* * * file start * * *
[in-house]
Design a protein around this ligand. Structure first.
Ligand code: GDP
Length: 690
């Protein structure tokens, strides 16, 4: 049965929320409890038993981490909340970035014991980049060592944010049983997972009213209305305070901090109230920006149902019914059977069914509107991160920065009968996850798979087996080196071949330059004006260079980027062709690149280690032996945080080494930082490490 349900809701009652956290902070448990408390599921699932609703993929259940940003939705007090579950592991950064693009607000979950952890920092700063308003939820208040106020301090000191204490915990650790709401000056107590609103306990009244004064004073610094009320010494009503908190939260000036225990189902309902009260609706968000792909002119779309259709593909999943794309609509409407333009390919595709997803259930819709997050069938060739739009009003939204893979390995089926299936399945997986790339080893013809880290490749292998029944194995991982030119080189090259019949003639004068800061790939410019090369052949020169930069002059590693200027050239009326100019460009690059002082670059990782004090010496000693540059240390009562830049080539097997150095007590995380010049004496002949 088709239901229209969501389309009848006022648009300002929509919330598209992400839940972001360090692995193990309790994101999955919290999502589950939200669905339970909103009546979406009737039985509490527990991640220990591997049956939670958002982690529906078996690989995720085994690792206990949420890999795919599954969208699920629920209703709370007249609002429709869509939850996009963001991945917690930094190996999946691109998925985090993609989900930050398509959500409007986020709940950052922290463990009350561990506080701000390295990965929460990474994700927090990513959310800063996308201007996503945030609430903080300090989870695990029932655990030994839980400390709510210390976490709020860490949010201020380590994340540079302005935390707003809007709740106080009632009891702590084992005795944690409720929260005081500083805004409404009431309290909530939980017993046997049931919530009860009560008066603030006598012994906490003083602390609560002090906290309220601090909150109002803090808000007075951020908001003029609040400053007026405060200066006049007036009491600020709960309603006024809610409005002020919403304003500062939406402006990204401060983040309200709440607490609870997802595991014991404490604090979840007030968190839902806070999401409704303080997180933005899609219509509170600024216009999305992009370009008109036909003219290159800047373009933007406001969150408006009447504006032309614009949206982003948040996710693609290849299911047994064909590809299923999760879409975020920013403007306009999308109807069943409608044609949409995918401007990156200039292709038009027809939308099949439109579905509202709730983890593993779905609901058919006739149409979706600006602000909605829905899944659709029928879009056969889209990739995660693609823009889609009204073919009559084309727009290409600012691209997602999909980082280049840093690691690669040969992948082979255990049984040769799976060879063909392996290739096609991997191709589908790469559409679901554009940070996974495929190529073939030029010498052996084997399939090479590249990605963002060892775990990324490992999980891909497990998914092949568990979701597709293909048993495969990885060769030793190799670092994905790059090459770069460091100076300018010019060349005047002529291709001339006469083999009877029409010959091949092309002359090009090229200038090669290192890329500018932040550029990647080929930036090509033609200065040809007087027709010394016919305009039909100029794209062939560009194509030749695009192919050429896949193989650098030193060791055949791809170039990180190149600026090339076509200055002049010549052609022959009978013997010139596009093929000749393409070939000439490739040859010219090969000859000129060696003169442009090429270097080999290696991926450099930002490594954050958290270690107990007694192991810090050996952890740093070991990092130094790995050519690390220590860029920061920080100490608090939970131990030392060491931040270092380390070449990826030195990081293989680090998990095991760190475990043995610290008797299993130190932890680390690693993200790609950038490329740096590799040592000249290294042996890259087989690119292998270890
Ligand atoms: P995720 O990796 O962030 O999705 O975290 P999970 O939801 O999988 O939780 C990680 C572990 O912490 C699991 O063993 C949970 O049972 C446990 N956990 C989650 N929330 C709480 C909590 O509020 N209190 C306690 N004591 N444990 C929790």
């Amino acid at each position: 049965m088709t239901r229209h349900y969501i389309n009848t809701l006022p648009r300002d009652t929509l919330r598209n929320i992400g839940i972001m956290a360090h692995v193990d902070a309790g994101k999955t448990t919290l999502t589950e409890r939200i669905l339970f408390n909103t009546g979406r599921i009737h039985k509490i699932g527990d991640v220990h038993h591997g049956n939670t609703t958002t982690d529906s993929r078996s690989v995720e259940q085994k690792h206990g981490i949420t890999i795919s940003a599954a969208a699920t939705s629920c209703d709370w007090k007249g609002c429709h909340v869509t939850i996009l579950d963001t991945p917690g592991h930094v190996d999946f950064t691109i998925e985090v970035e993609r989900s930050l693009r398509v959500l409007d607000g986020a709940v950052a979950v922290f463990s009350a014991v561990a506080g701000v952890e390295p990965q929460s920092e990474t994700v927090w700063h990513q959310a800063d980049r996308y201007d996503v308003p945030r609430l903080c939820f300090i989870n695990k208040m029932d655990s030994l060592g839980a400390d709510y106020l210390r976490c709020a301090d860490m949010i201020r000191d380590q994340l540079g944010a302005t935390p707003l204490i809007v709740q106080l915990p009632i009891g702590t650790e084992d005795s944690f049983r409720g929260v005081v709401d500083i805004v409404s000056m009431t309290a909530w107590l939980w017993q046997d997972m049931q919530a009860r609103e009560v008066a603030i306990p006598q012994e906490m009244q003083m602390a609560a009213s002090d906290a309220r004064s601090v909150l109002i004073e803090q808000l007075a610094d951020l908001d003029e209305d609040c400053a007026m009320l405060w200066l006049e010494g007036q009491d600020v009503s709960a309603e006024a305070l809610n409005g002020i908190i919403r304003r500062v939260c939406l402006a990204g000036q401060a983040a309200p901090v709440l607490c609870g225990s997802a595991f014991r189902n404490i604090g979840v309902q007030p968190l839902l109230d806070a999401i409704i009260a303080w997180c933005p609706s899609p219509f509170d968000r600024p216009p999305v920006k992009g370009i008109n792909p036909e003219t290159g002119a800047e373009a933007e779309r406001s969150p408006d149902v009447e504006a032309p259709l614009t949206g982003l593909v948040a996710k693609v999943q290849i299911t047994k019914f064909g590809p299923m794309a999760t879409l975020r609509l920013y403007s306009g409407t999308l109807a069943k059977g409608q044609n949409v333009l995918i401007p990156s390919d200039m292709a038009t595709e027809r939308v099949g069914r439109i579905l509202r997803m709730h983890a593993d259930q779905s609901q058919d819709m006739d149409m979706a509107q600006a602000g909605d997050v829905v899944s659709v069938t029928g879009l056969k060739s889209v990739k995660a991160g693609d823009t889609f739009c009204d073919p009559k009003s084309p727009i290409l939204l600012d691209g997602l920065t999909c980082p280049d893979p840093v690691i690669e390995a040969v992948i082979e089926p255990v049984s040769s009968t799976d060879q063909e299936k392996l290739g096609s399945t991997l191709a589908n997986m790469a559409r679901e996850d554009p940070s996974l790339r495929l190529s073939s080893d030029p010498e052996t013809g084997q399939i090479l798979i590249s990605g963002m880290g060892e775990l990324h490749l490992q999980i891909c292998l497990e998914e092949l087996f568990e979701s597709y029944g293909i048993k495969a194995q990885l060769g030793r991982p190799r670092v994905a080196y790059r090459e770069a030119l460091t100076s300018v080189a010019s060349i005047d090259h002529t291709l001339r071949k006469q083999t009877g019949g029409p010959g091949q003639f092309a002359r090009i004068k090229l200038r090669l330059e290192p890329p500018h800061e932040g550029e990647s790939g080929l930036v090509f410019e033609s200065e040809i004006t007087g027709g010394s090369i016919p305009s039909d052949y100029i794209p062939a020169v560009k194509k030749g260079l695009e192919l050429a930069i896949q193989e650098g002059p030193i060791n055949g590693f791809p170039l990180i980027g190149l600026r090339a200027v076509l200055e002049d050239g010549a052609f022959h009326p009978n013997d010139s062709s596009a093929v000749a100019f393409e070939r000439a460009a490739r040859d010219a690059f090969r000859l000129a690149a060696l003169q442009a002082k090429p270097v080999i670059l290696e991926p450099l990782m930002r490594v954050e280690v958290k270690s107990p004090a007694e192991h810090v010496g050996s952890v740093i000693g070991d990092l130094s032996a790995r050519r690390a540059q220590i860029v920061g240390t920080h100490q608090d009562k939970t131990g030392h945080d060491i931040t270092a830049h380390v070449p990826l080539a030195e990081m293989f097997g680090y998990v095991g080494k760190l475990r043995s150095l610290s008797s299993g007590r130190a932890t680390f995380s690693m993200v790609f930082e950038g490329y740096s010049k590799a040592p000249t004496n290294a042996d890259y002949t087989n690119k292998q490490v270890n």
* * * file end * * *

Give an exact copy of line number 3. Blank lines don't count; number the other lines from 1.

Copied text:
Ligand code: GDP